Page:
With the nation still in chaos from the fallout of George Floyd’s murder, the political response has been a mixed bag, to put it mildly. Hawaii Senator Brian Schatz and Kentucky Senator Rand Paul are working to demilitarize the police; Michigan Representative Justin Amash is introducing legislation to end qualified immunity; and a gaggle of senators are making a similar move to Amash.
Then there’s the flip side: Arkansas Senator Tom Cotton recommended deploying the military. President Trump listened to him. Joe Biden recommended shooting black people in the leg as a type of policing reform. A very mixed bag indeed.
But while so many politicians are talking about what they’re going to do, Libertarian presidential candidate Jo Jorgensen instead opted to listen and show solidarity. On Tuesday night, Jorgensen attended a Black Lives Matter candlelight vigil in New Hampshire alongside other Libertarian candidates for state and local office.
Last night, I attended the #BLM candlelight vigil to honor victims of police brutality.
I did not speak, for they are not my stories to tell.
Now is the time to listen, to remember and honor these victims. #SayTheirNames pic.twitter.com/pb5nmMS4oW
— Jo Jorgensen (@Jorgensen4POTUS) June 3, 2020
3 @LPNational candidates and the party chairman go walk into a #BlackLivesMatter protest, listen without speaking, loot absolutely nothing and leave better informed about the experience of black and brown Americans. That's it. That's the tweet. pic.twitter.com/hpzr6MFYYS
— Kingdom Tenant (@KingdomTenant) June 3, 2020
Jorgensen has been quite outspoken on social media regarding the murder of Floyd and the ensuing responses to it. In a long Twitter thread, she listed out several kinds of reforms to correct and prevent these tragedies from occurring going forward.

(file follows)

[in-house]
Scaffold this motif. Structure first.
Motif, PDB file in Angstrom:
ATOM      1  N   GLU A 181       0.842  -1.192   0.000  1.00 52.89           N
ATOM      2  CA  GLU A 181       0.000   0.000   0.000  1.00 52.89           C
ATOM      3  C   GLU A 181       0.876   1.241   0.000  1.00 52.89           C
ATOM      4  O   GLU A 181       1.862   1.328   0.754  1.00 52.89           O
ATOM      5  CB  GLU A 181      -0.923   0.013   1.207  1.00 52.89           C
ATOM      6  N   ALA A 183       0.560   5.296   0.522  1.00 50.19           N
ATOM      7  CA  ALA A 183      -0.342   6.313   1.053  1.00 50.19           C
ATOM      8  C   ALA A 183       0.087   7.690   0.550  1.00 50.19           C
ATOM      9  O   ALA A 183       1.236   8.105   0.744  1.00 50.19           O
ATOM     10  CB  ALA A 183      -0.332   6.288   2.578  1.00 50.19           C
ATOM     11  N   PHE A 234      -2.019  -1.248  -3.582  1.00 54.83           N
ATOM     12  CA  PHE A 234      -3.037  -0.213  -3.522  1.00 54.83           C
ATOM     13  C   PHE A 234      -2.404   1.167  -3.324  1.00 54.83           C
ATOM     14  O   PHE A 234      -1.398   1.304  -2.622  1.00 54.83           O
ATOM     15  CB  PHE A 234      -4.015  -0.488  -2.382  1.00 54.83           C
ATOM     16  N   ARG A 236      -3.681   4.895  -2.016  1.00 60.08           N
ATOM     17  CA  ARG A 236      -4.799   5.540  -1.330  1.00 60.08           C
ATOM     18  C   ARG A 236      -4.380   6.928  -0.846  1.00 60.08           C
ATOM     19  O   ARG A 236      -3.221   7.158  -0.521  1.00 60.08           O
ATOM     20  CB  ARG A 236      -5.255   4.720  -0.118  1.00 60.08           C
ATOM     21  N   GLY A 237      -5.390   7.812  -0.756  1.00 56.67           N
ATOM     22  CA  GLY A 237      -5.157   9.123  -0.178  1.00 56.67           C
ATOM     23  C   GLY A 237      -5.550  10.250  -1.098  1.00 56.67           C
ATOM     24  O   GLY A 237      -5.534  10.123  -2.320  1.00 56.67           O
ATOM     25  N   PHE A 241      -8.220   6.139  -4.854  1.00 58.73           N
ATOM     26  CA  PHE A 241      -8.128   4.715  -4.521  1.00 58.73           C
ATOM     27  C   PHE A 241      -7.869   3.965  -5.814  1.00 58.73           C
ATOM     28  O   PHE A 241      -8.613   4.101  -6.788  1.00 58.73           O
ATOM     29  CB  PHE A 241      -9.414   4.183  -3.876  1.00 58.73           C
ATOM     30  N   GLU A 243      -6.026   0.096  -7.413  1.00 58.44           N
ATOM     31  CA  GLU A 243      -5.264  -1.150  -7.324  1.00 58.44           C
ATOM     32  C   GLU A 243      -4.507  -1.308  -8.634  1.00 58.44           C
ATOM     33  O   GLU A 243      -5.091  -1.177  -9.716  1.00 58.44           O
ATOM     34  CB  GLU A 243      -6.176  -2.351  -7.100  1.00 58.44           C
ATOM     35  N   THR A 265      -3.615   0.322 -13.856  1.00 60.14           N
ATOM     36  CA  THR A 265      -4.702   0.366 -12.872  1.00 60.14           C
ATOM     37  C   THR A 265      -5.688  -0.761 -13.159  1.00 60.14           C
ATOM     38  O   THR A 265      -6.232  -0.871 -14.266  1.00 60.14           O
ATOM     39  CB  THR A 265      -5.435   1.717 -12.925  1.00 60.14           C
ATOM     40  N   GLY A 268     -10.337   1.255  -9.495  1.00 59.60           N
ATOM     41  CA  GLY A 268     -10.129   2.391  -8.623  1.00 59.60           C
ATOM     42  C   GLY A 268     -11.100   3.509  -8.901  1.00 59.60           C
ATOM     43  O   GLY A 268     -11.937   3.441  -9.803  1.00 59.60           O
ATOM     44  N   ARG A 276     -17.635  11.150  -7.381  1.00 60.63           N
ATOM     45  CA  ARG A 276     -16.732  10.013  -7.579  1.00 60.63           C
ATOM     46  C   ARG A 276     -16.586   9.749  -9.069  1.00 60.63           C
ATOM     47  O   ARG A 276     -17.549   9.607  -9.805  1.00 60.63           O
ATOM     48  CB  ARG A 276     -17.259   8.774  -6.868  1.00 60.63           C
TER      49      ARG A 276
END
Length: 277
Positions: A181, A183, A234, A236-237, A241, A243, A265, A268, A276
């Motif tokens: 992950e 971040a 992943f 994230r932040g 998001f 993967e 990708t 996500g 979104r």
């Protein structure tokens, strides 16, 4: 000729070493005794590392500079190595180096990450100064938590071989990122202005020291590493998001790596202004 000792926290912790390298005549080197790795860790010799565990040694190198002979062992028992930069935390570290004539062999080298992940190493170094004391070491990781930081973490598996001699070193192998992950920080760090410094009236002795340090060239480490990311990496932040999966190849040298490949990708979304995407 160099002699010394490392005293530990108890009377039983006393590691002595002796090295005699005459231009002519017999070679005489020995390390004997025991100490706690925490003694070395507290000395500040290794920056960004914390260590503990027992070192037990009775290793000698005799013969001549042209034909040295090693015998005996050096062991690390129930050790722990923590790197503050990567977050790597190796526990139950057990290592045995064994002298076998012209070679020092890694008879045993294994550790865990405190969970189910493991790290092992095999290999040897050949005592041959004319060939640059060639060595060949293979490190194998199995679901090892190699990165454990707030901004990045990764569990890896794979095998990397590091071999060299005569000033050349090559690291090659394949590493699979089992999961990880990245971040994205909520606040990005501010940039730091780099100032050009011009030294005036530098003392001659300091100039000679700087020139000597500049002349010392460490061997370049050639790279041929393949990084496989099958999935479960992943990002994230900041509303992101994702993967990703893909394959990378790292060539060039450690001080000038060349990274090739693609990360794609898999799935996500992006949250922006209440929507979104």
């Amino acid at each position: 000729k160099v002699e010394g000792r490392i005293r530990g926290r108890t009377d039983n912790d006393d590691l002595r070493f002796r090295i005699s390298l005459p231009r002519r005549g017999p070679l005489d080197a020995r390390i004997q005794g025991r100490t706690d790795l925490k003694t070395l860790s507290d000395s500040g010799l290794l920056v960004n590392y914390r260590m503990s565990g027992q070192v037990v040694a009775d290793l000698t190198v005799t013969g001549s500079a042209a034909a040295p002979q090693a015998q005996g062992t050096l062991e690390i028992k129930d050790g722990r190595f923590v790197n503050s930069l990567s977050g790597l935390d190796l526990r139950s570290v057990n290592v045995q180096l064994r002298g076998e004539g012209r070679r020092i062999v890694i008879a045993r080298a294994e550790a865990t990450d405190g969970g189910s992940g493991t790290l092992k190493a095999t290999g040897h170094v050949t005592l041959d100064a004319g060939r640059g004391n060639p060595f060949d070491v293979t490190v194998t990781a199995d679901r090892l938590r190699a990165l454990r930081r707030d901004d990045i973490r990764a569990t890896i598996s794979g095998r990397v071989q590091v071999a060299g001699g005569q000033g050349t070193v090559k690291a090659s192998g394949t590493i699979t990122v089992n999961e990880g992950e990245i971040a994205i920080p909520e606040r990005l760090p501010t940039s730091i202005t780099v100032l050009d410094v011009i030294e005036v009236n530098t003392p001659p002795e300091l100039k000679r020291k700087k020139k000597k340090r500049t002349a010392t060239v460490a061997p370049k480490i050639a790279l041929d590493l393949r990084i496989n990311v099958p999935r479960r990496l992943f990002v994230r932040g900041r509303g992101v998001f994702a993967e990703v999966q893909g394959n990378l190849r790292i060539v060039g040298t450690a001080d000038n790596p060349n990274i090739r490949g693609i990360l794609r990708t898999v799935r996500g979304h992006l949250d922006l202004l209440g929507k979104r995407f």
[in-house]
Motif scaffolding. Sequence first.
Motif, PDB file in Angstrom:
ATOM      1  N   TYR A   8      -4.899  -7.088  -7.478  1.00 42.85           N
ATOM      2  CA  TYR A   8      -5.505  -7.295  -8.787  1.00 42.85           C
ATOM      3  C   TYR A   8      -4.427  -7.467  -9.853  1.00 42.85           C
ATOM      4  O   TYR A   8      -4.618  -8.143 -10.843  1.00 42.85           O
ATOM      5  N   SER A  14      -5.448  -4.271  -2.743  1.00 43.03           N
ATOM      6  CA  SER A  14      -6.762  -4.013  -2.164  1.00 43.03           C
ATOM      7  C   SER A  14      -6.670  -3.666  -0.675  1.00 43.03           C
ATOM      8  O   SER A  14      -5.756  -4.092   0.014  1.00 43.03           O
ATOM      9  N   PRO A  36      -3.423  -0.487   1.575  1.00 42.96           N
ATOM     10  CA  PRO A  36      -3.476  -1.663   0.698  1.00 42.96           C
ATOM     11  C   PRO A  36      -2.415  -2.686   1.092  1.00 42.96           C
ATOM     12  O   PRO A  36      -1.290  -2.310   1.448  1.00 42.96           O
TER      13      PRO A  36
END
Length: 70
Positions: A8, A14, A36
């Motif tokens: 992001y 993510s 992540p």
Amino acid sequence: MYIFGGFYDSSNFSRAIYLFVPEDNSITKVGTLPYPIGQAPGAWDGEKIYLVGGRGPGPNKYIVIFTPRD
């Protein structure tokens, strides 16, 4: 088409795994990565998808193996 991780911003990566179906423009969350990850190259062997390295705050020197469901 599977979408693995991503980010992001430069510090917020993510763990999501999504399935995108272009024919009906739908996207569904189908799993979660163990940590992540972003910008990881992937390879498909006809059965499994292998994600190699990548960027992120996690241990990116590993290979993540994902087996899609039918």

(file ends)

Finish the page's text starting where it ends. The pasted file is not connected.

You don’t end riots that were caused by excessive force with even more force. #InsurrectionAct
— Jo Jorgensen (@Jorgensen4POTUS) June 2, 2020
Last week, when protests and riots started to pop up across the nation, Jorgensen also took a strong stance in favor of the protesters. She rightly pointed out that the right to protest is a fundamental right entrenched in the Constitution for the sole purpose of standing up to tyranny. Jorgensen also called out the inappropriate response to the protesters by law enforcement.
Peaceful protests were met with a full militarized police response. Chemical weapons were deployed to silence those unwilling to stand by while the system refused to prosecute their own, once again.
“Riots are the language of the unheard” -MLK
— Jo Jorgensen (@Jorgensen4POTUS) May 28, 2020
Jorgensen’s response to this unique moment in time sets her apart from Trump and Biden, the two candidates she’s going up against. While Trump has very clearly taken the side of law enforcement and Biden has stumbled over himself in his ill-fated attempts to connect with the black community, Jorgensen has explicitly chosen to stand on the side of the people, and on the side of justice.
Jorgensen has made it clear she supports those who are protesting the rampant police brutality that’s been a focal point in America for too long, and she’s made it clear that the police response to these protesters is wrong. Jorgensen has issued very direct suggestions for reform, whereas her two competitors have done little to that effect.
And on Tuesday night, she proved her leadership qualities in ways that neither Trump nor Biden have ever even thought of: by shutting up, listening, and learning. Jorgensen didn’t show up to the vigil to grandstand or give a speech to plug her campaign; instead, she went there to show solidarity and get a deeper understanding of what people are going through.
This unique approach to a presidential campaign—making it about serving the people rather than oneself—is why #ShesWithUs has become the new unofficial slogan for the Jorgensen/Cohen campaign. And it’s a refreshing thing to see at a time when America so desperately needs leaders who are willing to admit they don’t know everything, and will instead listen to those who have something to say.